Tuesday, June 18, 2013

My Diabetes Burnout

The hardest part about living with diabetes is finding and maintaining the give-a-crap. Have you ever done something so long...a job, a sport, a band...that you can't stand to do it anymore? I mean, by the time you've had the last of it, you just want to burn bridges, throw it in the garbage, or would rather die than do it again. Well, same thing here, except, if I do any of the first two, the third is the result. That reality catches up and causes a realization of just how big of an exaggeration "I'd rather die" is.

Type 1 diabetes means my body does not produce any insulin, which is a natural chemical produced in the pancreas that removes excess glucose from the body. Type 1 diabetes is an autoimmune disorder; it is not caused by eating too much sugar or anything like that, nor is it curable or avoidable. I'm stuck with it. For life...or at least until a reasonable, affordable cure is discovered. Managing this disease takes a lot of attention and structure; doing it right includes frequent blood testing, meal planning, carb-counting, medical supply buying, dosing, stabbing, and that's just the common stuff. There is so much to learn, know, and remember. It's an endless cyclone of "do this" and "don't do that." It's no wonder a distracted, busy, self-destructive individual like me can burnout. Currently, I am doing quite well. But the burnout described above is something that comes and goes.

The burn out is not a thing where now and then I forget to do something, or I went through a rough patch and stopped altogether. It's much bigger and more extensive. I have turned off my insulin pump to make it stop telling me it is empty. I have canceled checkups. I have eaten whatever I want whenever I want. I have ignored my doctor many times. I have gone an entire year without testing my blood sugar even once. I have had an A1C of 10.5. I have experienced blood sugar readings of over 500 many times. Sometimes I wonder how I have survived this long.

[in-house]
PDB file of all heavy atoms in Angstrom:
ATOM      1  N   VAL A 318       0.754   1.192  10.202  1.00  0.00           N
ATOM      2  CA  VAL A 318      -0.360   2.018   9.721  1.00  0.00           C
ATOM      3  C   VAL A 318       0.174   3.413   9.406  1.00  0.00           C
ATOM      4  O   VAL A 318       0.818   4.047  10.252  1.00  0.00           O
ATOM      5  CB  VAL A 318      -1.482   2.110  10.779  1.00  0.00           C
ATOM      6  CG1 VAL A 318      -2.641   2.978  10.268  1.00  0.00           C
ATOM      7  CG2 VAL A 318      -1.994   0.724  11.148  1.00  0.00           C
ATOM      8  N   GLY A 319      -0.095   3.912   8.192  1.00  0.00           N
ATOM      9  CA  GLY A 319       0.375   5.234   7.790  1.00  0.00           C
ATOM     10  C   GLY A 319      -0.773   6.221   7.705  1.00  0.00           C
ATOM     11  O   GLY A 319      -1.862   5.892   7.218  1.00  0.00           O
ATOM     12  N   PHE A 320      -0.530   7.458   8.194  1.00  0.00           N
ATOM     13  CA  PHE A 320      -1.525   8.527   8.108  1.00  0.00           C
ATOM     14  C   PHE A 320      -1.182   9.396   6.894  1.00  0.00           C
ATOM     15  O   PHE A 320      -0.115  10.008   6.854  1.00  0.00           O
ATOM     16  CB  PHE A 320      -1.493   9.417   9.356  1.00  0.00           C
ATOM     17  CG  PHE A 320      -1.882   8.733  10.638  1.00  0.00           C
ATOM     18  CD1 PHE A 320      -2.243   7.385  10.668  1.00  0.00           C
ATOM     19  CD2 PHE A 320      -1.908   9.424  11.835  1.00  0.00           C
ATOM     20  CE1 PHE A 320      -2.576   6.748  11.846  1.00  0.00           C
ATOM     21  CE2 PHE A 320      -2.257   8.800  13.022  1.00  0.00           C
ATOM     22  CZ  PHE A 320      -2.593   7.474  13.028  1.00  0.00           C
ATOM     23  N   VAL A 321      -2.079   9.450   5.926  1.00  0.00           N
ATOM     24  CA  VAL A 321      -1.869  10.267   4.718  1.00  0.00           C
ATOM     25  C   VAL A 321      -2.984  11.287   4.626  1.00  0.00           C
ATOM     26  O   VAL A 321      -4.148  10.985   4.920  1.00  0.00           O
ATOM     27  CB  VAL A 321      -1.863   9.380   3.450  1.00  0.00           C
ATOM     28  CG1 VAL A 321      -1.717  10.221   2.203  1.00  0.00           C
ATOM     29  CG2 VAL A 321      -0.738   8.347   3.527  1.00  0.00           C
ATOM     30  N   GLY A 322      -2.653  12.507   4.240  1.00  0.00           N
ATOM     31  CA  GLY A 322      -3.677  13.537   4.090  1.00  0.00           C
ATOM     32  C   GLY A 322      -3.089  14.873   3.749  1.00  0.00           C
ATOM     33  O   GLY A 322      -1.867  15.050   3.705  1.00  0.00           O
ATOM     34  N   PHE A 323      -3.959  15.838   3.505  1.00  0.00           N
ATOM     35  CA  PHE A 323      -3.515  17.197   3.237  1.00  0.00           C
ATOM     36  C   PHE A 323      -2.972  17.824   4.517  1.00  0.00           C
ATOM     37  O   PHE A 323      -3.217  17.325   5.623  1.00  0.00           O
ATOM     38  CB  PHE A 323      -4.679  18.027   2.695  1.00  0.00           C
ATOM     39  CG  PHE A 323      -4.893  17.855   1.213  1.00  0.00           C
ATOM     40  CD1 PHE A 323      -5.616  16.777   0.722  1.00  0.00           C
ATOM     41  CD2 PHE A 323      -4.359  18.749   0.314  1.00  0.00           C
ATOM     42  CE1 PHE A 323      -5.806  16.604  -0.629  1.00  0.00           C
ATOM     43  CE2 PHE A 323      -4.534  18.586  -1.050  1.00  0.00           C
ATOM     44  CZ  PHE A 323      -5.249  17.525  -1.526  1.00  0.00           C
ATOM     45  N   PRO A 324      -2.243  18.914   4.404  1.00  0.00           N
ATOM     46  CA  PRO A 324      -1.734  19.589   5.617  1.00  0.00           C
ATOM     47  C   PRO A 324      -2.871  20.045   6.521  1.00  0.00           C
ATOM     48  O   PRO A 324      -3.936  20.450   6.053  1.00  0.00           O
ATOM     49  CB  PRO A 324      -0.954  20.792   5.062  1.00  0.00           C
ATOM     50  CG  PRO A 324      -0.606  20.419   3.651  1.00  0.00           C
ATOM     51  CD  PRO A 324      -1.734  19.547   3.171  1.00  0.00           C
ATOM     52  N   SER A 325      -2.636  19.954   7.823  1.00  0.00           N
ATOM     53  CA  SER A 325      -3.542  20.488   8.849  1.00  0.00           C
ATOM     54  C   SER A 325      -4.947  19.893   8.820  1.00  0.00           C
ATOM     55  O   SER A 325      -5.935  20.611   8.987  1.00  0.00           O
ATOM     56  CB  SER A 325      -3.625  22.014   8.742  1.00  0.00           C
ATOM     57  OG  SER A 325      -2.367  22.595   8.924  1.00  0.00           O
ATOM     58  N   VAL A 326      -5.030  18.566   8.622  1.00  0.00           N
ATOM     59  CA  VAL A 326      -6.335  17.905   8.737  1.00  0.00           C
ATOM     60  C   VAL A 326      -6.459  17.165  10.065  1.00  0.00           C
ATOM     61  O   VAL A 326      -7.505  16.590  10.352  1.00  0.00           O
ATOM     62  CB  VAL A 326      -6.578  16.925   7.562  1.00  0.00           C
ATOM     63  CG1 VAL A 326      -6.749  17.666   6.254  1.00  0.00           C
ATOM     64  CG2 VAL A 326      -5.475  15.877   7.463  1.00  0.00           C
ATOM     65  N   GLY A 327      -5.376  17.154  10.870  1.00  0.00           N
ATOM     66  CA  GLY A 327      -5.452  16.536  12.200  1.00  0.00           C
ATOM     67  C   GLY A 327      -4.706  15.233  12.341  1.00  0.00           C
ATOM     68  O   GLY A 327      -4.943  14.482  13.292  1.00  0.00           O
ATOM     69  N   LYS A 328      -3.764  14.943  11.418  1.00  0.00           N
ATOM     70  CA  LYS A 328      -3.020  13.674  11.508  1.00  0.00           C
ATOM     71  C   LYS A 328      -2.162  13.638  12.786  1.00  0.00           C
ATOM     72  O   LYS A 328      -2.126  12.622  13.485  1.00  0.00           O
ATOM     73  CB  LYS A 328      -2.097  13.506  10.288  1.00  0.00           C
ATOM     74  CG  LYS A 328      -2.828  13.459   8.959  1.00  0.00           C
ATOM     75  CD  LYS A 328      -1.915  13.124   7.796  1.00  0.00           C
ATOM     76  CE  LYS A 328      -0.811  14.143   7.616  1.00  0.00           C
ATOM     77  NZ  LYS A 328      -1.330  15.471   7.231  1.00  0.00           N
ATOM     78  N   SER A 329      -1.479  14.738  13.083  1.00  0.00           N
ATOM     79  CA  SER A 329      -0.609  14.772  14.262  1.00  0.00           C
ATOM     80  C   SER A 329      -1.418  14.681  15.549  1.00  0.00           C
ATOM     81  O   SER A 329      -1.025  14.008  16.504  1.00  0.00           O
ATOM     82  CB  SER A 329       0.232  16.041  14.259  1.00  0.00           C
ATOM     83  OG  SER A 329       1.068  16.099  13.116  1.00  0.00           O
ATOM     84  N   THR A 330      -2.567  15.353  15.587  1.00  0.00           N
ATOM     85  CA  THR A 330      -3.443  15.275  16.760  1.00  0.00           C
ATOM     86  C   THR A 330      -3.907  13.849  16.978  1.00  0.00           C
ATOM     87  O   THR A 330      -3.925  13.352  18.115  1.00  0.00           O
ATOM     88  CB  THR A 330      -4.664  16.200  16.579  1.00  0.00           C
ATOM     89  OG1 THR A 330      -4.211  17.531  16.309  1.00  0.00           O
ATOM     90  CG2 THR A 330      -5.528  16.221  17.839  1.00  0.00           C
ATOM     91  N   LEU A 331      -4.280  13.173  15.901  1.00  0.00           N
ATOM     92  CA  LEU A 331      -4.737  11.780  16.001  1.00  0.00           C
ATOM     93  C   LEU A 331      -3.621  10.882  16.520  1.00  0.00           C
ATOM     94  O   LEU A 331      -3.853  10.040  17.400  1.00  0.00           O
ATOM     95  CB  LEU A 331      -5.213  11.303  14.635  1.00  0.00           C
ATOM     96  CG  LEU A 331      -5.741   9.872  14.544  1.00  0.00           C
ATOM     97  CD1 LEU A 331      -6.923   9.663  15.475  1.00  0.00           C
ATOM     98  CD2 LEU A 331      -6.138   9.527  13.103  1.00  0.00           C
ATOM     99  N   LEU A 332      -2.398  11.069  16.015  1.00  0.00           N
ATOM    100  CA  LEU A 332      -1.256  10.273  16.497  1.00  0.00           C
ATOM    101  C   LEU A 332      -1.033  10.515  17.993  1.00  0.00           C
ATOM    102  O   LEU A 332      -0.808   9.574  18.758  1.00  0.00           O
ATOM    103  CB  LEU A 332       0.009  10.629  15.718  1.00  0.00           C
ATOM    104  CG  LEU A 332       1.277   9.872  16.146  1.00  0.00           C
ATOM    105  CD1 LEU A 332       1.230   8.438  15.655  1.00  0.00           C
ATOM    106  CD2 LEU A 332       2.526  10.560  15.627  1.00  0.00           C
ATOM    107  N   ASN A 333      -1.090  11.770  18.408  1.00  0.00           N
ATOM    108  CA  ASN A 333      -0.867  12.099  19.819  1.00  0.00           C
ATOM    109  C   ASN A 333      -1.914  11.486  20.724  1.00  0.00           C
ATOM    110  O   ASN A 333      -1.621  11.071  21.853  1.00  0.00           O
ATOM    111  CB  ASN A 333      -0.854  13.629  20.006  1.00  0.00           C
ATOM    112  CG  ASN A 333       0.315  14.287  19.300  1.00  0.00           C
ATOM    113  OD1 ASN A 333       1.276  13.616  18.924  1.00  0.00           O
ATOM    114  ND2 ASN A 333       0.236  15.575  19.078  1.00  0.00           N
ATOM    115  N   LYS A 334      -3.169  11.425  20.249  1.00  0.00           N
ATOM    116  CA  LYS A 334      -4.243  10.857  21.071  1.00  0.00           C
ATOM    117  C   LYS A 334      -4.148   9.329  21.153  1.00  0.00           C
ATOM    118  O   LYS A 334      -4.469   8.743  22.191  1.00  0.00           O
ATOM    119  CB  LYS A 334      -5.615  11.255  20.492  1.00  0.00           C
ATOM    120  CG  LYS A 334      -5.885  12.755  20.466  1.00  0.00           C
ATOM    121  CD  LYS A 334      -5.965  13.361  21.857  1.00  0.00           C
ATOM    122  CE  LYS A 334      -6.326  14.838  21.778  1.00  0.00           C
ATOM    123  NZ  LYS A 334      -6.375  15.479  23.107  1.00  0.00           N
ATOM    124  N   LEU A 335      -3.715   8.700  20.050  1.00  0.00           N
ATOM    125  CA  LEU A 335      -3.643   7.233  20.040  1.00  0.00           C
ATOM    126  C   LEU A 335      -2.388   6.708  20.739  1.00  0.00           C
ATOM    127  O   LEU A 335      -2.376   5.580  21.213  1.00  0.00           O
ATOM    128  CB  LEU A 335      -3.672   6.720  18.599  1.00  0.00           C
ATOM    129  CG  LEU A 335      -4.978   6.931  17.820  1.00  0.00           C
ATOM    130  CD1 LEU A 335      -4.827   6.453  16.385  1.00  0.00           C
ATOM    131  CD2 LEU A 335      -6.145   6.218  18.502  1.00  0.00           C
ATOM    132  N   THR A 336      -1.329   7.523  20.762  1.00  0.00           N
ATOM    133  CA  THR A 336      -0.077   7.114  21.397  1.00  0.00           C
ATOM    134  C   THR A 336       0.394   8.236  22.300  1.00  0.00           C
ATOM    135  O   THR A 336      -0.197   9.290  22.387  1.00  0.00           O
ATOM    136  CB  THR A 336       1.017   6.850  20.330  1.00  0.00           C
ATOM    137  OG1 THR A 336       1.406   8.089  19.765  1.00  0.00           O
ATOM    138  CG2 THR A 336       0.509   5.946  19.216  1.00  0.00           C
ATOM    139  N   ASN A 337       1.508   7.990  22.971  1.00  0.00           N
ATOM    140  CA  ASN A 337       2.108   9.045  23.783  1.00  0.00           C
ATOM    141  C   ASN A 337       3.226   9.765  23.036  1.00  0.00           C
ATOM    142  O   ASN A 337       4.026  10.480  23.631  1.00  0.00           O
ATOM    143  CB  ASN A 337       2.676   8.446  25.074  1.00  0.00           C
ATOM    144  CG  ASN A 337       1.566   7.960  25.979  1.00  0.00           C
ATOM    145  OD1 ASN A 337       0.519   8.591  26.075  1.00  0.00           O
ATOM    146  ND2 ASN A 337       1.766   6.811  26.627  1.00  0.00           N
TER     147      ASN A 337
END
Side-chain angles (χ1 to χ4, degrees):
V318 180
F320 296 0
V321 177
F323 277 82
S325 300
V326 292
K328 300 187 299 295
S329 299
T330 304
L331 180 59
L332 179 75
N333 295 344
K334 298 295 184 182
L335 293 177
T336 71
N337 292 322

For a diabetic, or person with diabetes (some people are super sensitive about which term is used), burnout leads to serious complications, including death. It is imperative that we find ways to maintain or regain motivation. To avoid diabetes burnout, I recommend spending some time on Diabetic Connect.


  1. Just remember those cute babies of yours need a daddy. Hang in there! I have watched family members go through the highs and lows of being type 1...Not fun, I am sorry.

  2. Thanks. I should have probably added that I'm in an upswing these days. Doing well with it this year.

  3. I for one am glad you are doing well right now. No mother could be more proud of her son than I am! I love your blog! You are an amazing guy...

  4. That's why I'm so glad I have you. Not having diabetes nearly as long as you, of course I don't understand how tiresome it will all become after years of repetition. But knowing that you will always understand exactly what I'm going through, plus some, I think that it will make it easier for me. It's easier to feel comforted by a supporter that actually does know what you're going through. Someone to give you a kick in the butt and tell you to "quit your griping and eat your mush". But will also hear out your frustrations and actually be able to say, "I understand" and really mean it. Maybe it will make those burn outs a little more bearable and help me be better and try harder. And I'm so grateful for that.
    And next time you have a burn out, you can always think about being a good example to me. Or I could just make you a good low carb meal to bring you happiness...love you Brother.